government

U.S. Department of Labor applies Creative Commons license to all work created with $150M grant

Creative Commons licenses

Creative Commons (CC) actively works to support foundations, governments, IGOs, and other funders who create, adopt and implement open policies. We believe publicly funded resources should be openly licensed resources.

To support these and other emerging open policy efforts, CC is about to launch, with multiple global open organizations, an Open Policy Network and Institute for Open Leadership.

The U.S. Department of Labor (DOL) has led the way in using open policy requirements in solicitations for grant requirements first with its Career Pathways Innovation Fund Grants Program, » Read more

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Top events ahead in 2014 for abusive patent litigation

reform of abusive patent litigation

It’s a new year and all indications are that it will be a busy one for reform of abusive patent litigation.

What are some of the top events ahead in 2014? » Read more

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OpenSaaS and the future of government IT innovation

OpenSaaS and Government IT

In recent years, open source software projects, and, separately, cloud-based software-as-a-service (SaaS) products have begun to significantly disrupt traditional technology vendor business models in government, making it easier and cheaper for governments to procure and implement the software solutions they need.

Now, OpenSaaS—SaaS based on open source code—is poised to accelerate this trend. » Read more

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Year-in-Review: Government hot topics on Opensource.com

Top 10 open government articles in 2013

We have policies. Now what?

In recent years, news of open source or open standards policies dominated our news feeds. Each new policy was hailed as a victory by advocates of open source. While there has been no shortage of successful news stories around open source implementations this year, we’ve marked a growing, uncomfortable trend. Governments, even those who’ve established excellent open technology policies, are still struggling to put those policies into practice.

The current government policy landscape, for me, is best summed up in this article by Paul Brownell: » Read more

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Drupal shop in the DC area makes technology work for the unemployed

change through open government

When the US Federal government shutdown from October 1 - 16 this year, a small Drupal shop in the Washington DC area turned a list of freelance gigs for furloughed employees in a Google doc into a website in five hours. Unfurlough.us went live at 1:00 am EST on October 4, accumulating 50,000 page views in a little over a week. » Read more

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The European Commission's Neelie Kroes believes in open

Neelie Kroes, VP of the European Commission (EC)

Neelie Kroes, VP of the European Commission (EC), has a website called Comment Neelie to initiate and maintain a two-way conversation between herself, as a politician, and the public, as citizens. Kroes says that it's "a channel to communicate, not just broadcast." » Read more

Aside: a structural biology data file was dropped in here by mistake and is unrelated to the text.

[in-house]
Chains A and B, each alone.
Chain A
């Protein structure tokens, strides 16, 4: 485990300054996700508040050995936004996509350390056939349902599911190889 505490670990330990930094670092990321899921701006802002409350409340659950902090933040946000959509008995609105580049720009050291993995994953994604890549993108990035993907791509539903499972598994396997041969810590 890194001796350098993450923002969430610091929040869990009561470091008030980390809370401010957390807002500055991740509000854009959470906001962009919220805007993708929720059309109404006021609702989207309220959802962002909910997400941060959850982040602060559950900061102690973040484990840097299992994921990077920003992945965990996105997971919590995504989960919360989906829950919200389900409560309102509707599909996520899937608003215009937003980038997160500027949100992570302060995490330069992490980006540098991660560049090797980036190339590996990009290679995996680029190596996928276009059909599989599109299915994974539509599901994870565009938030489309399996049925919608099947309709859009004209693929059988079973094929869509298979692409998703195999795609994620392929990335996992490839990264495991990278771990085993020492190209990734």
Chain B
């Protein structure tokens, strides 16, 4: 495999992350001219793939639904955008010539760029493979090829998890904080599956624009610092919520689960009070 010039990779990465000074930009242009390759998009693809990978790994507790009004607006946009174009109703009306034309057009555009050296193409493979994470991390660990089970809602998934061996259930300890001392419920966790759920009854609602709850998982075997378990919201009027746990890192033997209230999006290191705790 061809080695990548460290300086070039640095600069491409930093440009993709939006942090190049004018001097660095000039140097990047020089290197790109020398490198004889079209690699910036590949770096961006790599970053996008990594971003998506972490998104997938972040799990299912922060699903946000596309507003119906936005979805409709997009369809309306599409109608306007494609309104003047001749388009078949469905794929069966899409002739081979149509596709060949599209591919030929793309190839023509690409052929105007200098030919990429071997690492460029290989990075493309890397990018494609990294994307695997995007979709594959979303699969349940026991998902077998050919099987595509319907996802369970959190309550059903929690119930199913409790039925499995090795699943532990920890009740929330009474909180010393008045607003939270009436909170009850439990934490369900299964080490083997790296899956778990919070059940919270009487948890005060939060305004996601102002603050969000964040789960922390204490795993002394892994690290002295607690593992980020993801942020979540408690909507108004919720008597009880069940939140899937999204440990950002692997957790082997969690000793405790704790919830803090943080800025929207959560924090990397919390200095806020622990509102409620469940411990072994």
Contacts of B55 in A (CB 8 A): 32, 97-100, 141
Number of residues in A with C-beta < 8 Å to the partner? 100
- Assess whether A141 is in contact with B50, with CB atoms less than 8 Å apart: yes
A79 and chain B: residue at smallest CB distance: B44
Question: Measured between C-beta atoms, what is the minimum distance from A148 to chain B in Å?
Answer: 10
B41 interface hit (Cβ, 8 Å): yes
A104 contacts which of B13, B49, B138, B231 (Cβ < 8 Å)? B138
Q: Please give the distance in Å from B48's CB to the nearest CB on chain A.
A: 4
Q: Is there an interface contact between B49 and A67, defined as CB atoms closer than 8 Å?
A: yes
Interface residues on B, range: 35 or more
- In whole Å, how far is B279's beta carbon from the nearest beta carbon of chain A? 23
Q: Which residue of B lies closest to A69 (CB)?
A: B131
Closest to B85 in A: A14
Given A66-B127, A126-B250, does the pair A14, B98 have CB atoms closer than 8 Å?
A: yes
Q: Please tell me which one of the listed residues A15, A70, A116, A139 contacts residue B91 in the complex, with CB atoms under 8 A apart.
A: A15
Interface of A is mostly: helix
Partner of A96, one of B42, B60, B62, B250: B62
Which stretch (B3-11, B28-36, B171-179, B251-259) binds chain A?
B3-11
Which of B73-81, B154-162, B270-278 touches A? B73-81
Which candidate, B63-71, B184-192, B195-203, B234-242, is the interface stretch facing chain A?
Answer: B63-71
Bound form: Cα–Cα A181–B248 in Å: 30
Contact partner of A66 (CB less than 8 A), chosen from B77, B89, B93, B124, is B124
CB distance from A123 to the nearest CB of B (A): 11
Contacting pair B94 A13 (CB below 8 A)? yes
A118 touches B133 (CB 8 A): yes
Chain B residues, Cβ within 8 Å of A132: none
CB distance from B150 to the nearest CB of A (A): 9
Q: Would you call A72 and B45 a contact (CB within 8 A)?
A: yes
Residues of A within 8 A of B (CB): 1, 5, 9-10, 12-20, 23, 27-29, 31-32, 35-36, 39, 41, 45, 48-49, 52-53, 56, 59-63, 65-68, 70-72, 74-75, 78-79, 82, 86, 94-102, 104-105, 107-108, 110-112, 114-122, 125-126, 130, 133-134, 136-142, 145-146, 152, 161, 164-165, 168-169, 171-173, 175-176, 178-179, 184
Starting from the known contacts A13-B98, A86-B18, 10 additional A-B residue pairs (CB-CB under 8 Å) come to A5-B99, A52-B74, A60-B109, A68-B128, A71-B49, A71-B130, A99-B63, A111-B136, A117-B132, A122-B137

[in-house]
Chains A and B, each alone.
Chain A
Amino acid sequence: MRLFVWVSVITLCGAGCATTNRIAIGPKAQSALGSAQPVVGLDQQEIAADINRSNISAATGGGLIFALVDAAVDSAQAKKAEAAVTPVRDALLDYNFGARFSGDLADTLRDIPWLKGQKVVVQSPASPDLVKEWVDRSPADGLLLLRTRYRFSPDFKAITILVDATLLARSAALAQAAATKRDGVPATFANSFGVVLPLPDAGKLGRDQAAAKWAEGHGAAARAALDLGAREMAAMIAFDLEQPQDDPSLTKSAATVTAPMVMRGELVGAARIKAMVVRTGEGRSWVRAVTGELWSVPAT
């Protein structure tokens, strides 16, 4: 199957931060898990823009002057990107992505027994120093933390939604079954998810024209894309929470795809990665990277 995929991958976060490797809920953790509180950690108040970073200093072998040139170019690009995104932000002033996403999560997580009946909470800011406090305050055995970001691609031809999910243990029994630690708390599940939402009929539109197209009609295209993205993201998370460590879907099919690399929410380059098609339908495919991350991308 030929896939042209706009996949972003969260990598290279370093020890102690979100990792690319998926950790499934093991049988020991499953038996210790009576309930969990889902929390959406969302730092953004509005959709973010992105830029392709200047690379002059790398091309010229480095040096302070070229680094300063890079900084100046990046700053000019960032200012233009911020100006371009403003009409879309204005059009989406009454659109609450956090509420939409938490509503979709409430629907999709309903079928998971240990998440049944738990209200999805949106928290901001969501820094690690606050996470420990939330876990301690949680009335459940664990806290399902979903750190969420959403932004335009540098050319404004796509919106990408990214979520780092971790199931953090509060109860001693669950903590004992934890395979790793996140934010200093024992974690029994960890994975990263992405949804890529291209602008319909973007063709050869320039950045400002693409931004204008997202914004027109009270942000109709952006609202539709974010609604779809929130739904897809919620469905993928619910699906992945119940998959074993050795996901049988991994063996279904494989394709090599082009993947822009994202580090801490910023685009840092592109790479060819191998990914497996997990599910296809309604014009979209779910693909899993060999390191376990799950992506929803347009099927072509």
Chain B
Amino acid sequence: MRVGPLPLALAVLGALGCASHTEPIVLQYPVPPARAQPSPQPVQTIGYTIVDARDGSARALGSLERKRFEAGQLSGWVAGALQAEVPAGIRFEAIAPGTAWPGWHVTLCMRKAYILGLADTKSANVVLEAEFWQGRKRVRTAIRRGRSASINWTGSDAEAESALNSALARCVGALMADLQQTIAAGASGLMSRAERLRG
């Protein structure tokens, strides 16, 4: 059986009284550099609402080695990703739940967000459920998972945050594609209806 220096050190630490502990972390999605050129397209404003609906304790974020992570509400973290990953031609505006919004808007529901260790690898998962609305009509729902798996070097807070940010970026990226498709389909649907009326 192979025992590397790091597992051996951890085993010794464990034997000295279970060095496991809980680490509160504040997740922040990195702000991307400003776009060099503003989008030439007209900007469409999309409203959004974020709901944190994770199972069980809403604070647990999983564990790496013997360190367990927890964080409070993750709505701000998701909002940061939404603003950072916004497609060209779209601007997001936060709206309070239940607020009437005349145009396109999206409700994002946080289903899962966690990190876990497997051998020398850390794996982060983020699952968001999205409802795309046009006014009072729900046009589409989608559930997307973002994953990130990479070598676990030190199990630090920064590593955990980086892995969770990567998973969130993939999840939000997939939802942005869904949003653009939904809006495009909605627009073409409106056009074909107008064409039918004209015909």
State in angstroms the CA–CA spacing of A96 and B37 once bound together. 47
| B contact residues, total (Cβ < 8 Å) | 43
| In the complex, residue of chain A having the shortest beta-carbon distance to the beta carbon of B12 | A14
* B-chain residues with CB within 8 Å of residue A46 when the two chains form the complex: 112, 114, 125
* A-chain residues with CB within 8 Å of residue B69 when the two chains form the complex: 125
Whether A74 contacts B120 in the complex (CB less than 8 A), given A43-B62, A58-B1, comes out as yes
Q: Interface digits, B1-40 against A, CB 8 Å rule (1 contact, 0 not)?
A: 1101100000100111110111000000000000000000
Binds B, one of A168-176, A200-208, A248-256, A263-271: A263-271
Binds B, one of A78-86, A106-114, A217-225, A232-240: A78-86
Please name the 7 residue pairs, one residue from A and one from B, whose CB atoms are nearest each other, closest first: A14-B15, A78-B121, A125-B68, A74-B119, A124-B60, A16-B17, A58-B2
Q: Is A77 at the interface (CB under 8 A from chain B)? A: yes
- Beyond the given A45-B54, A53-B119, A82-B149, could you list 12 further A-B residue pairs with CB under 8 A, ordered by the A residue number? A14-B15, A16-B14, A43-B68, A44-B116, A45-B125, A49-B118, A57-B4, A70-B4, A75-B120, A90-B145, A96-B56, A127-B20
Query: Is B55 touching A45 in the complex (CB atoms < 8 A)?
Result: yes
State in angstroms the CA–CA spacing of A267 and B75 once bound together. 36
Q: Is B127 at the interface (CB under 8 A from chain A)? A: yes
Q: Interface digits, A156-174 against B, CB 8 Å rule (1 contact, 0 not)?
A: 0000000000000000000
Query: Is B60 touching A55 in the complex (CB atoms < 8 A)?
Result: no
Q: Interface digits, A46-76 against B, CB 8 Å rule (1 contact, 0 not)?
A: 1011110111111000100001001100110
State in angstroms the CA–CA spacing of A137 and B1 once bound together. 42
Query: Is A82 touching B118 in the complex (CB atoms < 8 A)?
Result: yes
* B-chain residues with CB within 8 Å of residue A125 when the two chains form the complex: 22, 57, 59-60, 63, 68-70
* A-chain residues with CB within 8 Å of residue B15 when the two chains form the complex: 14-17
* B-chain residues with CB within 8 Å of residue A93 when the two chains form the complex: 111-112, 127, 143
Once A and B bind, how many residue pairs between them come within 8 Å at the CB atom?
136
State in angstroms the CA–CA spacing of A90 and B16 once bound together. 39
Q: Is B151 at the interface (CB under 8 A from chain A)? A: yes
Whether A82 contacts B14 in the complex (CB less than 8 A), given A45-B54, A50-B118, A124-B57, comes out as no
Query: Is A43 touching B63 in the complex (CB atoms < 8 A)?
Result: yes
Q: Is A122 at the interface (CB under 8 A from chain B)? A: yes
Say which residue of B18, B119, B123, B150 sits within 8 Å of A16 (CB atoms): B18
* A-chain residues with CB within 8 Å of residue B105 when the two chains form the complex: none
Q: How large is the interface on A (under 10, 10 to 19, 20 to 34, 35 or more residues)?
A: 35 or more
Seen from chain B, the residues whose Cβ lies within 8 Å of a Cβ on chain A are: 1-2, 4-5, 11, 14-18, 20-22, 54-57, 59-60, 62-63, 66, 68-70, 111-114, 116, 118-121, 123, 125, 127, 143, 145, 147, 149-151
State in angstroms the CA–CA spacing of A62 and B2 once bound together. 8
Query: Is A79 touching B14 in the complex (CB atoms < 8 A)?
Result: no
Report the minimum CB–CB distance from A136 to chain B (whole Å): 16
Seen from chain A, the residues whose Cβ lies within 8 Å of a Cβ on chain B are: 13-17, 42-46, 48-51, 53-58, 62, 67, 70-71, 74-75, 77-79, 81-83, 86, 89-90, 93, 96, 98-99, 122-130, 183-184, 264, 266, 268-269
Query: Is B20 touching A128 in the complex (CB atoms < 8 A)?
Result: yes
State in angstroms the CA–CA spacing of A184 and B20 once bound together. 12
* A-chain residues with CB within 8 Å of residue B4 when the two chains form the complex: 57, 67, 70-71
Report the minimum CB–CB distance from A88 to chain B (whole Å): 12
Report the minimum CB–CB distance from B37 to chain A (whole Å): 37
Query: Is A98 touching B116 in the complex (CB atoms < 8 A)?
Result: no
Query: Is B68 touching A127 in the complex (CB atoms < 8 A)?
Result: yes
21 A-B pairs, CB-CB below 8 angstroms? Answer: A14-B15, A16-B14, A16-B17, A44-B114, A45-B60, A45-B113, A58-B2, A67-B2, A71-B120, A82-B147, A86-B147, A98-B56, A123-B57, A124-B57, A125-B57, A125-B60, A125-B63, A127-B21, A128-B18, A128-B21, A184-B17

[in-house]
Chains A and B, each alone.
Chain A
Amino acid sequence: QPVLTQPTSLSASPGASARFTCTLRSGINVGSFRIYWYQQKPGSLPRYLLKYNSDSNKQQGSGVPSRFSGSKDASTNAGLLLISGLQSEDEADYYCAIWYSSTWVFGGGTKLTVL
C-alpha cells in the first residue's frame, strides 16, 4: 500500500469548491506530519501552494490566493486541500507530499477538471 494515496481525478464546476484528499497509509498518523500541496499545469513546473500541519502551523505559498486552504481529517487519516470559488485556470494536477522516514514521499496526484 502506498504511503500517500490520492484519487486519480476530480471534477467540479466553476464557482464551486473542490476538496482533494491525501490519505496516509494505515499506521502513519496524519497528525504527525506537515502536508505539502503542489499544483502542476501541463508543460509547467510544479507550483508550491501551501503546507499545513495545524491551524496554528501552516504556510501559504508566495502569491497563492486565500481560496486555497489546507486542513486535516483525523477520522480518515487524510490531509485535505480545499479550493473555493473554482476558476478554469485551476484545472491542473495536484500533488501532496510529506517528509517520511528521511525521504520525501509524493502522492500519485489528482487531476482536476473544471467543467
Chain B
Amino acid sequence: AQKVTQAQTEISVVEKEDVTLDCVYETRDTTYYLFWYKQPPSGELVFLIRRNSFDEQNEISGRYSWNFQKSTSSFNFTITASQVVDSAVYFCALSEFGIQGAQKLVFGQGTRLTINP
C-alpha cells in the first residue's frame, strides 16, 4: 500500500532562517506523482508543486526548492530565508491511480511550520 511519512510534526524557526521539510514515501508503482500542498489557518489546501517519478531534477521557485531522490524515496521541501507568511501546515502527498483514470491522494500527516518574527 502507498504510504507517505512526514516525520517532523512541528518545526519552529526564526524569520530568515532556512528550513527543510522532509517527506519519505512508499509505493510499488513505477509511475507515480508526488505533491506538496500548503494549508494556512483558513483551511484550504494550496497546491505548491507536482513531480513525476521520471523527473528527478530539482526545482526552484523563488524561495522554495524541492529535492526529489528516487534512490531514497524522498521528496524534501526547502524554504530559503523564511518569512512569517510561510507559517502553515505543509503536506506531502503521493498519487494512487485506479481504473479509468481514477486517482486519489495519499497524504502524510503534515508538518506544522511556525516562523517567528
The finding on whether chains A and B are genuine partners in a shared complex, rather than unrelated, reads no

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The Federal Trade Commission sets its sights on Patent Aggression Entities

patent reform

Just before the shutdown of the Federal Government last month, the Federal Trade Commission (FTC) took a first and important step to examine critical questions surrounding Patent Aggression Entities (PAEs): » Read more

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Free software and comparative evaluation in the Italian Public Administration

not confidential government software

The on-going debate regarding the use of free and open source software in the Italian Public Administration (PA) seems to be coming to a satisfactory conclusion. Italian public administrations are now obliged to give priority to free and open source software. This preference, however, cannot be given without a "comparative assessment". One of the tasks of the Agency for Digital Italy is indeed to establish procedures and criteria that will help to justify their choices in the acquisition of computer programs.

» Read more

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Rebuilding Ecuador's economy with open source principles

a new dawn with open source

Here’s a development that could have enormous global implications for the search for a new commons-based economic paradigm. Working with an academic partner, the Government of Ecuador has launched a major strategic research project to "fundamentally re-imagine Ecuador" based on the principles of open networks, peer production, and commoning.

» Read more

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'Free software' questions for federal and local candidates

free and open source software in government

See the FSFE's 'free software' questions for federal and local government at the Ask your candidates campaign page.


The Free Software Foundation Europe published its free software-related election questions (in German) for this fall's elections to the German parliament, which will take place on September 22. All political parties have responded to the questions, which cover issues like users' control over their electronic devices, the release of publicly funded computer programs as Free Software, and software patents.

From the responses, it's clear that most parties now know more about Free Software than they did in the past. Below is the translation—done by FSFE volunteers—of FSFE's summary and an evaluation of the complete answers. In addition, FSFE encourages Free Software activists to use these questions as an inspiration for their own questions to candidates on federal and local level.

» Read more

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